Notice to Readers: The compliance date for FSMA has passed, but that doesn’t mean everything related to the new food safety law is settled. Not by a long shot! In the months ahead, we will keep you updated on the latest developments in the law’s implementation, and also post news you can use in your business. Please visit often, and thanks for your interest and questions.

The new food safety regulations by the Food and Drug Administration are complex, detailed and in places, confusing. But a claim of ignorance of the new law is no excuse; in fact, companies have nearly a full year (until September 2016) to become compliant with the regulations. For almost all businesses, getting there is going to be a challenge. So let’s get started . . .

FSMA and Your Operations

FSMA requires food manufacturers and processors to establish and maintain comprehensive food safety plans covering every aspect of their production processes, including the use of lubricants. Training of production line employees in all aspects of food safety is also mandated under FSMA.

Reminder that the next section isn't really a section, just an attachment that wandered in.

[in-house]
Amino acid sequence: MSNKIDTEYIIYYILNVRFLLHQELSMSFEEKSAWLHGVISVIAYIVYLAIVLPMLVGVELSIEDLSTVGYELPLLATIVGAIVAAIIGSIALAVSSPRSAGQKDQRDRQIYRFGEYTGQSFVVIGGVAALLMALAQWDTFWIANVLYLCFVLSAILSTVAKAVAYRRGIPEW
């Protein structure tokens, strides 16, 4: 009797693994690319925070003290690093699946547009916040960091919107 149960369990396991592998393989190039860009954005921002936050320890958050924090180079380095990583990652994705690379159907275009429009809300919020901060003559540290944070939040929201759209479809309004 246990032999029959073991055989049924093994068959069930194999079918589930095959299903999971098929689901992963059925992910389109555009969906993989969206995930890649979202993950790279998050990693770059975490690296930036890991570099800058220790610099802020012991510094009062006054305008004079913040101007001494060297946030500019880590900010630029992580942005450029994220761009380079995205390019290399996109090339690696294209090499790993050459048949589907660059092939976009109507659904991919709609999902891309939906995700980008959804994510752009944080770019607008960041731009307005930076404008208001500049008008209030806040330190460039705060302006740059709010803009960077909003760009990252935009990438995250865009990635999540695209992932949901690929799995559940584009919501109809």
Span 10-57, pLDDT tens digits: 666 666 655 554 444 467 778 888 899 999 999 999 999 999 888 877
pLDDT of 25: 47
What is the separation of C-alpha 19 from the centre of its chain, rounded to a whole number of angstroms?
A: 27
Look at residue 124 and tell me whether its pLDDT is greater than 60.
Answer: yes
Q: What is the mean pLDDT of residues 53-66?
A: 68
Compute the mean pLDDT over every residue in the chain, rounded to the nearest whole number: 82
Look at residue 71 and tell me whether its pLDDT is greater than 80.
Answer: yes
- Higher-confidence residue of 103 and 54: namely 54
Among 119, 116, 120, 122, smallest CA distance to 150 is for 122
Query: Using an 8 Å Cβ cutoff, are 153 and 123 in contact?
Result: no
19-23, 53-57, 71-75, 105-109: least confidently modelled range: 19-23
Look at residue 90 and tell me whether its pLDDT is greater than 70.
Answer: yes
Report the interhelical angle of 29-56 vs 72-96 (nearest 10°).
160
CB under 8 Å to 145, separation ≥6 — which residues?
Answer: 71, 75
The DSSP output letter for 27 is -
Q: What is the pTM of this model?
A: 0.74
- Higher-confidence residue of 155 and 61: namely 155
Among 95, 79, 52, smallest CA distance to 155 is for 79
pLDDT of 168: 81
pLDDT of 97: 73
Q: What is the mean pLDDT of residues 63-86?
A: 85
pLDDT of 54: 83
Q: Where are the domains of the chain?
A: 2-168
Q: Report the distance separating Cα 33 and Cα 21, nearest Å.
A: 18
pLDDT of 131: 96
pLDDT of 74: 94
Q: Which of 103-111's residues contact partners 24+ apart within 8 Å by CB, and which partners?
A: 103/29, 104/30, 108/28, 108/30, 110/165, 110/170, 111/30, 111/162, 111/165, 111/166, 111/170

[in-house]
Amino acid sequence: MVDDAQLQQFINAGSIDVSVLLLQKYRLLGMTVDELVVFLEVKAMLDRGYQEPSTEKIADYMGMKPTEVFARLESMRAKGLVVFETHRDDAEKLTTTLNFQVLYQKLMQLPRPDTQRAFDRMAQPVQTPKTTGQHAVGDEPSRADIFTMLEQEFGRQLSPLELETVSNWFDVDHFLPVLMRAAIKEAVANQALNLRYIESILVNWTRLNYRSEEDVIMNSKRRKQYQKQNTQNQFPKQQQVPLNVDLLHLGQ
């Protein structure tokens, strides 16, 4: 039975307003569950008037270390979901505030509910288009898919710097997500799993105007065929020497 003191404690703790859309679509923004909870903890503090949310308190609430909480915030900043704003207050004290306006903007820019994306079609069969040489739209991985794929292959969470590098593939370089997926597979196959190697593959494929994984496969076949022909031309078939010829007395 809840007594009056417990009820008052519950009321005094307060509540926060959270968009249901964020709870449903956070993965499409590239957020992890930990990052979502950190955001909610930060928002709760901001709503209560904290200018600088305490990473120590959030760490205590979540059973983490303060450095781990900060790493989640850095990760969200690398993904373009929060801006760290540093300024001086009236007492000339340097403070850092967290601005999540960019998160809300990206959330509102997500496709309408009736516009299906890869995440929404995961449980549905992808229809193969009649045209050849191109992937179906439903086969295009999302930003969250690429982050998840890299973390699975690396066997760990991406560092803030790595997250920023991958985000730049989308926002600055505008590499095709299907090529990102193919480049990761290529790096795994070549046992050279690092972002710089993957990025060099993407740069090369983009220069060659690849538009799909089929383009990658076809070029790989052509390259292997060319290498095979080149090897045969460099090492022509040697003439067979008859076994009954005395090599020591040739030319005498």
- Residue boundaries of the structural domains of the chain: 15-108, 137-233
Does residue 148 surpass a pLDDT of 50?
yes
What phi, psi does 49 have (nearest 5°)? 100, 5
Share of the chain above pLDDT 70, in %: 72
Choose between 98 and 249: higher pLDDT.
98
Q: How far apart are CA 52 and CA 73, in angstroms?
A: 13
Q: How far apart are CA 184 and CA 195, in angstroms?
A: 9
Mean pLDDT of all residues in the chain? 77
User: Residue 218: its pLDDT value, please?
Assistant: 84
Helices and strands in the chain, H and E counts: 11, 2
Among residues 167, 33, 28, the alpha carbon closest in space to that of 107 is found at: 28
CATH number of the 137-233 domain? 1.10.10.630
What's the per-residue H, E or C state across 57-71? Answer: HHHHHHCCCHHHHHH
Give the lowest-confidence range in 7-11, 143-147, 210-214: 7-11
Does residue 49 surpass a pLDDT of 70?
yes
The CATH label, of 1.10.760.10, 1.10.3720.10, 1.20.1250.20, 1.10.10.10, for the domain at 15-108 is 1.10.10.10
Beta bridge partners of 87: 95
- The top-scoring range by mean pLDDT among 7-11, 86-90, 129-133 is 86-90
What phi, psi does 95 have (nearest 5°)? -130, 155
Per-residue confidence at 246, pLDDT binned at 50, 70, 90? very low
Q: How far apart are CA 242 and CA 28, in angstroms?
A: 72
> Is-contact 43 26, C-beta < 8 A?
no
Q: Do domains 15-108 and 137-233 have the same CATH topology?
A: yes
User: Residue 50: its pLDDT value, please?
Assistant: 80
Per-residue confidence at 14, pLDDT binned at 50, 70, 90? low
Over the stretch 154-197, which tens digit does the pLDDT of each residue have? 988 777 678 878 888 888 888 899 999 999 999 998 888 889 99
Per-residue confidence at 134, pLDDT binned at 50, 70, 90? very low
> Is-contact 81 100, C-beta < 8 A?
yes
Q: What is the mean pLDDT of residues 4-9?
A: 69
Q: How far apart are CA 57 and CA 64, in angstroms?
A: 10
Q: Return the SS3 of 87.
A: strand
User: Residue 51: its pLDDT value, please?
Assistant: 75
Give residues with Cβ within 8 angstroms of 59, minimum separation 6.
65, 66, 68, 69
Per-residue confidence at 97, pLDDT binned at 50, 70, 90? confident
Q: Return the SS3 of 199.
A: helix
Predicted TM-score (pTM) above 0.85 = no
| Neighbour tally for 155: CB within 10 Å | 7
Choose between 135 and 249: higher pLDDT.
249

New Emphasis on Preventing Food Safety Problems

The new regulations emphasize a pro-active, preventative approach by the food industry to reduce contamination and food-borne illness. An underlying rationale is to prevent expensive food recalls that raise consumer alarm about overall food safety and damage the reputation of companies whose items have to be withdrawn.

Food Industry Assigned Big New Responsibilities

FSMA shifts primary responsibility for food safety away to food companies and employees, who will be required to maintain strict records of steps taken to insure compliance 24/7/365. Importantly, the new regulations encompass large segments of food manufacturing and processing including requirements for stringent management control and distribution of lubricants used on shop floors, production lines and machinery — in other words,  wherever food items are made or processed.

Check out our Q and A’s for more information . . .